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In a victory for small businesses fighting government over-regulation everywhere, the City of Bayfield in northern Wisconsin has agreed to settle a federal lawsuit by repealing regulations four bed & breakfast owners had argued were unconstitutional. These regulations had restricted who could own and operate a B&B in Bayfield by requiring owners to live in the B&B at least half the year, list the B&B on their driver’s license, and establish the B&B as their permanent voting residence.
“We’ve been welcoming guests to Bayfield for 14 years,” said Barb Hoekstra, one of the plaintiffs. “If this ordinance had been in effect back in 1998, we would have found somewhere else to open a bed and breakfast.”
In a settlement agreement reached between the parties, the city has agreed to repeal those changes, bringing its B&B regulations in line with statewide requirements. In return, the B&B owners have agreed to dismiss their lawsuit, although they are reserve their right to challenge any future regulations in court, if necessary.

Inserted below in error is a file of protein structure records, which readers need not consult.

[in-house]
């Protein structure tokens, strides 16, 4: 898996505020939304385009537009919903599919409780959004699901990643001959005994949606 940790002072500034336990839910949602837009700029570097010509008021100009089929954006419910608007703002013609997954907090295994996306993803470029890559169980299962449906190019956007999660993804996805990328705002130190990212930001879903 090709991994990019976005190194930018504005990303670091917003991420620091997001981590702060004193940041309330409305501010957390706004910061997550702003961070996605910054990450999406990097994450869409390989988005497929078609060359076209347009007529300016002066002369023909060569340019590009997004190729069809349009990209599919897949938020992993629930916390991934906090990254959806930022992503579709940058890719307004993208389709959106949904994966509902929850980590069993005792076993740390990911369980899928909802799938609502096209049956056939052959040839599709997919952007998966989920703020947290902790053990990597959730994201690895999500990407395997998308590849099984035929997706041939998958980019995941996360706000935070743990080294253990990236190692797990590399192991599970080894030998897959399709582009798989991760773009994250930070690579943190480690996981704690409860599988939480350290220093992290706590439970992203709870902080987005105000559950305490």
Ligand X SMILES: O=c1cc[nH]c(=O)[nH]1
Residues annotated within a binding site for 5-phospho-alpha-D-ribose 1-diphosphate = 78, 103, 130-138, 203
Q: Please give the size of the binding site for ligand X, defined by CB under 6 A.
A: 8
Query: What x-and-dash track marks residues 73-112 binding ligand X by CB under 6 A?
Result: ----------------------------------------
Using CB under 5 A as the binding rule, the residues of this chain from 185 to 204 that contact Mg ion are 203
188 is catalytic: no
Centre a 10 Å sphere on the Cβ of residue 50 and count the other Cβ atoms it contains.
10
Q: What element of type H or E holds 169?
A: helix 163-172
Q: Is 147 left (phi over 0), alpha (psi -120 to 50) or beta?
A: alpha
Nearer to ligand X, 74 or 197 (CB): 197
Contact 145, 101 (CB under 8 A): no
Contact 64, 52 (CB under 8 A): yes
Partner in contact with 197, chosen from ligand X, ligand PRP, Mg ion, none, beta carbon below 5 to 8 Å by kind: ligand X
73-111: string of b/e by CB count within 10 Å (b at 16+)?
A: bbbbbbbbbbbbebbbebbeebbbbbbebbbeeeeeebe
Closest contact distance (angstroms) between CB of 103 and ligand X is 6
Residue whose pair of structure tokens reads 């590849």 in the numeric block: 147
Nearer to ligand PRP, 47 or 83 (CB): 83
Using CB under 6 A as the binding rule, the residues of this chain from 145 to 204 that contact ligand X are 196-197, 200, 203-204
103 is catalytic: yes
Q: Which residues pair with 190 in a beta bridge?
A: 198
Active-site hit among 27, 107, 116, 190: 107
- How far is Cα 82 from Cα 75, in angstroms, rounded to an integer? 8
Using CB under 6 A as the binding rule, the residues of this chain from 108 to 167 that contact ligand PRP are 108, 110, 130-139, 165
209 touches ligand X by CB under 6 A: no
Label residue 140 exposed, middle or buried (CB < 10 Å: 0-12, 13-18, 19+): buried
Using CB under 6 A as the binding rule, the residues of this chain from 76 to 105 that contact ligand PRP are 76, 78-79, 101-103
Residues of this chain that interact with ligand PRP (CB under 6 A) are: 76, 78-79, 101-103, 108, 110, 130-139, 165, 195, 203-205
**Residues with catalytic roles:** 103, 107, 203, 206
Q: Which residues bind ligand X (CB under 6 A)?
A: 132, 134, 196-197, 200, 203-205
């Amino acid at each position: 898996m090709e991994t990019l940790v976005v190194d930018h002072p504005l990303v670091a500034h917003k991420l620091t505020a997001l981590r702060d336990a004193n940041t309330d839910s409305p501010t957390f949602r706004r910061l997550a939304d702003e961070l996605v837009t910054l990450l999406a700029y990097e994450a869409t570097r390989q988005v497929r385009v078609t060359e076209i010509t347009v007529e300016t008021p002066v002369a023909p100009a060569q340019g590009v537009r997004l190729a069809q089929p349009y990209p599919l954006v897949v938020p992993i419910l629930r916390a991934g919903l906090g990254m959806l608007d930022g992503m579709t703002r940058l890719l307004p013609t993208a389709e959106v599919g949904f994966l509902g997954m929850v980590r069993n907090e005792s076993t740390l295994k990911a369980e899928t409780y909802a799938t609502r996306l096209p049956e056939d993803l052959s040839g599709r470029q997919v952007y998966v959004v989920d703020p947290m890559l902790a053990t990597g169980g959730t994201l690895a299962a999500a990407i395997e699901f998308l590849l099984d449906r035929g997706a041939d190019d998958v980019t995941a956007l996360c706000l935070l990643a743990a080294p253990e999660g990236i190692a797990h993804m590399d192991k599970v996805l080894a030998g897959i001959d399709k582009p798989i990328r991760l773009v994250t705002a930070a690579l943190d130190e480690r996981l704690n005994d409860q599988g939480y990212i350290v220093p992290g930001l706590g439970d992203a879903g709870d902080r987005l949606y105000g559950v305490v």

“The United States Constitution prohibits cities from discriminating against people who live outside their borders,” explained Tom Kamenick, associate counsel for WILL. “You can’t pass an ordinance requiring someone to live in the city before they can do business there.”
“It was very hard to find a local attorney who could help us,” said Hoekstra. “We are grateful that the folks at WILL understand that the Constitution gives us rights and privileges that no level of government can take away.”
Read more about this case here.
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